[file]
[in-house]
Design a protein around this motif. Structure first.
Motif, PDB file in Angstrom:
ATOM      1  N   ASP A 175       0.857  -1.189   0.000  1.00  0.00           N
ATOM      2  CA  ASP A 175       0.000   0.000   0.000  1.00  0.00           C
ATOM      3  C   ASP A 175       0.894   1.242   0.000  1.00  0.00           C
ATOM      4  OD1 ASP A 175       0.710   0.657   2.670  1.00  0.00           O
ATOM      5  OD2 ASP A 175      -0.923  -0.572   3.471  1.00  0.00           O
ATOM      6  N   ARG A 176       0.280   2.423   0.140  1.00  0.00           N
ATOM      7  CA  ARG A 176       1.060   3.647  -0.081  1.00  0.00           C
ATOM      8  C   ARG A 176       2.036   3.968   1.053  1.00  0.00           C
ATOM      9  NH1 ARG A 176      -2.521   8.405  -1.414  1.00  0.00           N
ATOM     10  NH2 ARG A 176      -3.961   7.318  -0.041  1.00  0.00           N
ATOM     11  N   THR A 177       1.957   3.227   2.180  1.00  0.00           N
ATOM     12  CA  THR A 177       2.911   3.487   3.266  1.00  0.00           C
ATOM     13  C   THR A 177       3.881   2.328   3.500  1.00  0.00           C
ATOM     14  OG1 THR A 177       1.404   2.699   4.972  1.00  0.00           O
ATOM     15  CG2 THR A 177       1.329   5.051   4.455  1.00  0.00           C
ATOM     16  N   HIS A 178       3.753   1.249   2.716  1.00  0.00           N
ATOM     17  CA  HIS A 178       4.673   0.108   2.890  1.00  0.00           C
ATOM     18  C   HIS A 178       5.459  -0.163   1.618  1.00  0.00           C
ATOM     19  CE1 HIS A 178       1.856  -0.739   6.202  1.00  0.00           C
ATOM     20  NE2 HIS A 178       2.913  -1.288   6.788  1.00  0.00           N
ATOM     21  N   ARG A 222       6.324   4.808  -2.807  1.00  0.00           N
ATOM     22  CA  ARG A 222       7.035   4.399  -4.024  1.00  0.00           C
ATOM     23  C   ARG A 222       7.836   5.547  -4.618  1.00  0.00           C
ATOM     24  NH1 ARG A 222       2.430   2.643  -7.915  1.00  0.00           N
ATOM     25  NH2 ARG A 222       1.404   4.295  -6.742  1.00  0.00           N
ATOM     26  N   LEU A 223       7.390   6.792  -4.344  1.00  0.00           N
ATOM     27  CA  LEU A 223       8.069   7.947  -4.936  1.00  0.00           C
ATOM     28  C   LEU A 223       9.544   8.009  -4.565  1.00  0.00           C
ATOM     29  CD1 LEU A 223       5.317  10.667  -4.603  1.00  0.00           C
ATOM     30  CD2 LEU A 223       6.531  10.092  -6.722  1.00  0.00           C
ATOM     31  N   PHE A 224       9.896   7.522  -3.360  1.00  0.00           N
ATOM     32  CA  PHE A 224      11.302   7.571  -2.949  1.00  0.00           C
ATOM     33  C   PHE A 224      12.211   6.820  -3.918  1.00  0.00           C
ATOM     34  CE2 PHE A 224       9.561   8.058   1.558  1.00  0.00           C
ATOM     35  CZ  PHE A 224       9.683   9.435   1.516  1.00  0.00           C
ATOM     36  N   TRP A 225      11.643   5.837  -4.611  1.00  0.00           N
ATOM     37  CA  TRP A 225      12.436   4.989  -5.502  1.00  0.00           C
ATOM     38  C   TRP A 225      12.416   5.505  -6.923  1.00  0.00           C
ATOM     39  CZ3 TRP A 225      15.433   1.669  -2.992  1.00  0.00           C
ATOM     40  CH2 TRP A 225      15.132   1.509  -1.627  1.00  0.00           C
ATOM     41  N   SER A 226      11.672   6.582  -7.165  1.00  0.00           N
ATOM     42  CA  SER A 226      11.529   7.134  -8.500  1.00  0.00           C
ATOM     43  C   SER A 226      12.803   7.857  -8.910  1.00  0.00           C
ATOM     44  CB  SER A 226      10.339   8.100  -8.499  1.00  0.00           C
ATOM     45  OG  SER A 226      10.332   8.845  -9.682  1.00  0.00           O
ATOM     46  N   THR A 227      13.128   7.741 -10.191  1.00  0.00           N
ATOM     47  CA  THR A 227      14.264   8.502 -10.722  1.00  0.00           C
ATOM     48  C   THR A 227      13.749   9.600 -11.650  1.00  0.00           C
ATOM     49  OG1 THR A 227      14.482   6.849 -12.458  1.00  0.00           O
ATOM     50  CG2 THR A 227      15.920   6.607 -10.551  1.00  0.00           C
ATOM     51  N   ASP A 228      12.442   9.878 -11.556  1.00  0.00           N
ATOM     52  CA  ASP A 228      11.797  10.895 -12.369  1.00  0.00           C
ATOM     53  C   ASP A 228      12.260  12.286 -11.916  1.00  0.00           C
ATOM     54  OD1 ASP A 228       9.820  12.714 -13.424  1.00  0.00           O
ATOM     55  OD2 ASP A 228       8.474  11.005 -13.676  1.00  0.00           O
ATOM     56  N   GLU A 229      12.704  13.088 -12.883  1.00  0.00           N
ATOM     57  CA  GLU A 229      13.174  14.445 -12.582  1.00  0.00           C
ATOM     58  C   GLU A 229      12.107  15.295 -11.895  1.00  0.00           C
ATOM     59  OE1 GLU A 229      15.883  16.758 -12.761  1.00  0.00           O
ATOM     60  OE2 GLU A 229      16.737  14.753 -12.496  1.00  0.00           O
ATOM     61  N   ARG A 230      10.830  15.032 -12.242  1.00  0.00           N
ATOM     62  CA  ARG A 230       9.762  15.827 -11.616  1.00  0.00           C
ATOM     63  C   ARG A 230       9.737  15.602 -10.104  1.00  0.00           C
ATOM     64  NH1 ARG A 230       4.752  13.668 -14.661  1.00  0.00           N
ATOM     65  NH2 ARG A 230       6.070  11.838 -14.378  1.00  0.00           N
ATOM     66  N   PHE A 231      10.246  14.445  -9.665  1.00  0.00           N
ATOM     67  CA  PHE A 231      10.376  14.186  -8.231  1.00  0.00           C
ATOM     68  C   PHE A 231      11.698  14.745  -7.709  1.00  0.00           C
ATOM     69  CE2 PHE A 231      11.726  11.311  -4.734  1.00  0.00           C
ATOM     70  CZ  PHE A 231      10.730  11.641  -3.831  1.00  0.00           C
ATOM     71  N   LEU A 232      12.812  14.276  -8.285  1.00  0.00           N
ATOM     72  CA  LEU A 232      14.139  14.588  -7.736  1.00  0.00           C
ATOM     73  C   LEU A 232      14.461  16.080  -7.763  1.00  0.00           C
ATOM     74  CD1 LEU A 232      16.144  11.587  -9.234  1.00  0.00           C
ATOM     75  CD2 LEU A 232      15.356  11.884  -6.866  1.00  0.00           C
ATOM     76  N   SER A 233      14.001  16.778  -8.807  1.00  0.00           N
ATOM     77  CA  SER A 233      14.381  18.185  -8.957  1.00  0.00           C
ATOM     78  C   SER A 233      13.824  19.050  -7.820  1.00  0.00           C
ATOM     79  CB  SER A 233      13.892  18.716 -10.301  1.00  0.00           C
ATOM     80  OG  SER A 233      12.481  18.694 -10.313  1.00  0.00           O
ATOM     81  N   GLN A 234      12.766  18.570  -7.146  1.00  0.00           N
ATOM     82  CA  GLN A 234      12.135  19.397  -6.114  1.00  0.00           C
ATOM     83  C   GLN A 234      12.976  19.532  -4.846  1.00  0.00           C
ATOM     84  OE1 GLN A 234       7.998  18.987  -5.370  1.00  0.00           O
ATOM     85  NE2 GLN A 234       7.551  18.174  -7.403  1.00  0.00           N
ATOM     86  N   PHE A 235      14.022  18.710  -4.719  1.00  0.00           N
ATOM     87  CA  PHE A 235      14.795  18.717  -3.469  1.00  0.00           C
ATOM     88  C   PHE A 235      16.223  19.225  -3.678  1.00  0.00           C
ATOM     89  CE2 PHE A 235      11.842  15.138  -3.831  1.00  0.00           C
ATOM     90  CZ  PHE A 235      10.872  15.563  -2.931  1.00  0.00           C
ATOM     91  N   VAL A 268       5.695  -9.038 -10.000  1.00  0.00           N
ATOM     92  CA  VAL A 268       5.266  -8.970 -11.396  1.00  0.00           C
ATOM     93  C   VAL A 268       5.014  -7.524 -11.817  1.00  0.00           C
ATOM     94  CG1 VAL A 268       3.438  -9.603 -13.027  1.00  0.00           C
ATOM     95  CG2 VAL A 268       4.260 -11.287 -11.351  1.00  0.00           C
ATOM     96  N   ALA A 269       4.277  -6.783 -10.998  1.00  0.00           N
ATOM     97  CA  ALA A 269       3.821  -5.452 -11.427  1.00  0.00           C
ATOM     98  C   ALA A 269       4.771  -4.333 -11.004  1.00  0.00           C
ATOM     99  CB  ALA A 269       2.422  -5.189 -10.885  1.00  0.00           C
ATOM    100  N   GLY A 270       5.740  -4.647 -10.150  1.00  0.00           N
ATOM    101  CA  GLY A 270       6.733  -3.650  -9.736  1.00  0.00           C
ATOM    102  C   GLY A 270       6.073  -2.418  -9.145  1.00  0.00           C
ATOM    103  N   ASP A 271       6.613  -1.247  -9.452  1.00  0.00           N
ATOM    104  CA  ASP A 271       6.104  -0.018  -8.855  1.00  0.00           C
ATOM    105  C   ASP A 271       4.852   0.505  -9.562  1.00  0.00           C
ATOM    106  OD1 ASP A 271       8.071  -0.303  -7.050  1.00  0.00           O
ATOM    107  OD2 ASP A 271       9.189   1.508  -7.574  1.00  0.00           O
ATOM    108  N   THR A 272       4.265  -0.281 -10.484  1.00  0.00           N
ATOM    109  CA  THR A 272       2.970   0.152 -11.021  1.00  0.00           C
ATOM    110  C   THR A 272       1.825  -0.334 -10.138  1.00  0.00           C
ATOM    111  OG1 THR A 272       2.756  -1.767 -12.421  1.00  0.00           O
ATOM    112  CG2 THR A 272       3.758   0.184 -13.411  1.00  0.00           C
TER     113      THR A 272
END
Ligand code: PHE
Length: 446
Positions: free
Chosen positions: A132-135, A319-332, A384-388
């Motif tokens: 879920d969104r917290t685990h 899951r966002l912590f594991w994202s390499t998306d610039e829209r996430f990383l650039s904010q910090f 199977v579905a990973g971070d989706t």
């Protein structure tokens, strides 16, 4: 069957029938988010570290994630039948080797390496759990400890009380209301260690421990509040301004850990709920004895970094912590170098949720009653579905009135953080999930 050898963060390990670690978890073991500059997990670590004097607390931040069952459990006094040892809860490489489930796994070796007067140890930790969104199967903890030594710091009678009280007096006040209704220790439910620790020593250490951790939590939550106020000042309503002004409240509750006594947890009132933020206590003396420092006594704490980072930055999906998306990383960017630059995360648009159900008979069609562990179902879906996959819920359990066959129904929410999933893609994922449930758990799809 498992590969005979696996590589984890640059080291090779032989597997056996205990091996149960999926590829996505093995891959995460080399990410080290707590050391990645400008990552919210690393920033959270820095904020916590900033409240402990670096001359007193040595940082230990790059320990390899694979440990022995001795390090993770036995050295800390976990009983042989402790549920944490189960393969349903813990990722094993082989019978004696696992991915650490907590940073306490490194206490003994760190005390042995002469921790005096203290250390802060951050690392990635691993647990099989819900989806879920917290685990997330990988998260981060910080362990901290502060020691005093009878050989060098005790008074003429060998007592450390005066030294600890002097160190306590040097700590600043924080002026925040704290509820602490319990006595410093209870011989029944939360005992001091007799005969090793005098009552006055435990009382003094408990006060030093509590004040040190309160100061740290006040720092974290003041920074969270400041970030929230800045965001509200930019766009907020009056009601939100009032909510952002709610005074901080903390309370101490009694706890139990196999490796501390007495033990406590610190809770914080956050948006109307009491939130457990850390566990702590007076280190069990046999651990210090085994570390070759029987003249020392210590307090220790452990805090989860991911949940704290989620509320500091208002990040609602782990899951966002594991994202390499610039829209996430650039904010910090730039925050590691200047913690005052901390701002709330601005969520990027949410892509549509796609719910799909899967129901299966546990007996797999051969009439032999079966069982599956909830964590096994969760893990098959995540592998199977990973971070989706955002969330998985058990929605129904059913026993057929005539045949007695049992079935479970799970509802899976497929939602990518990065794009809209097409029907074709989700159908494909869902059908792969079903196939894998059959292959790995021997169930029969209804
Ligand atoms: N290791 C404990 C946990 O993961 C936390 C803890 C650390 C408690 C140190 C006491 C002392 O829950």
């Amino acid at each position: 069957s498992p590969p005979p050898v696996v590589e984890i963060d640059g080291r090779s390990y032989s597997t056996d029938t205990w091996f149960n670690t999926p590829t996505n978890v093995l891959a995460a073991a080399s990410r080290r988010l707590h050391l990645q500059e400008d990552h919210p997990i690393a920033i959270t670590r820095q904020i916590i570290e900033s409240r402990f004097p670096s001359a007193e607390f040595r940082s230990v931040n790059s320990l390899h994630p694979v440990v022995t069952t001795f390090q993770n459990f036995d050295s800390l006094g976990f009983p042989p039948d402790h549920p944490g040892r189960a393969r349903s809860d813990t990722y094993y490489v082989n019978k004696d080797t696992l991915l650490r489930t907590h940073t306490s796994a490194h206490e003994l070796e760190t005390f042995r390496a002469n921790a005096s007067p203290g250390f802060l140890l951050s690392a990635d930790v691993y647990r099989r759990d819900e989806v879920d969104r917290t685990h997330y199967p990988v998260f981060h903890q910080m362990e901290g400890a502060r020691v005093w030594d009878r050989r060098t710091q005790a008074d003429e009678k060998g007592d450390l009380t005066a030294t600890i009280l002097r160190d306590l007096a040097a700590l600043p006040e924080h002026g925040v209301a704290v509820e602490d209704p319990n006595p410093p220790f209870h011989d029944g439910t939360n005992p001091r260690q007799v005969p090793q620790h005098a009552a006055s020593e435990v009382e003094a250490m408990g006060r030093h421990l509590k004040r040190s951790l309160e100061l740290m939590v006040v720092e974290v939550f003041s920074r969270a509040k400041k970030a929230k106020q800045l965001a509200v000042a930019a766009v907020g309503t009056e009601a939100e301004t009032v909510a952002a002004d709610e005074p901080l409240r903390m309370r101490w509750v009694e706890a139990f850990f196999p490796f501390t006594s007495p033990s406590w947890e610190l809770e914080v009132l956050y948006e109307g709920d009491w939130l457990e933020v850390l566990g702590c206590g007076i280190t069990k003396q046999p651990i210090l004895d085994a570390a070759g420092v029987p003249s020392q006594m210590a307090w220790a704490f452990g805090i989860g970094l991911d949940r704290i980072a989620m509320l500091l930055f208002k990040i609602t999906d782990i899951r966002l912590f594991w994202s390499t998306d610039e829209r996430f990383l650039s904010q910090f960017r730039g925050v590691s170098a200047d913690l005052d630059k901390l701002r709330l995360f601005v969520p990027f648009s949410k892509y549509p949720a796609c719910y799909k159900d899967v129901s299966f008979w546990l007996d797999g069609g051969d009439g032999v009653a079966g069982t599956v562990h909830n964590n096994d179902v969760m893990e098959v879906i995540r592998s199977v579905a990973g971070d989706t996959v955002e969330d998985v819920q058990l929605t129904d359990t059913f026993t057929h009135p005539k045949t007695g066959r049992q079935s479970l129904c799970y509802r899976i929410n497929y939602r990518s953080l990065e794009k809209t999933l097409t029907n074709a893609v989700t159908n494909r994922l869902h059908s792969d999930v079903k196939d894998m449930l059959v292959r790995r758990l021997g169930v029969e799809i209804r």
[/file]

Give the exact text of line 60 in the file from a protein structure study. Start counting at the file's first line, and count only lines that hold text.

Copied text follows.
ATOM     57  CA  GLU A 229      13.174  14.445 -12.582  1.00  0.00           C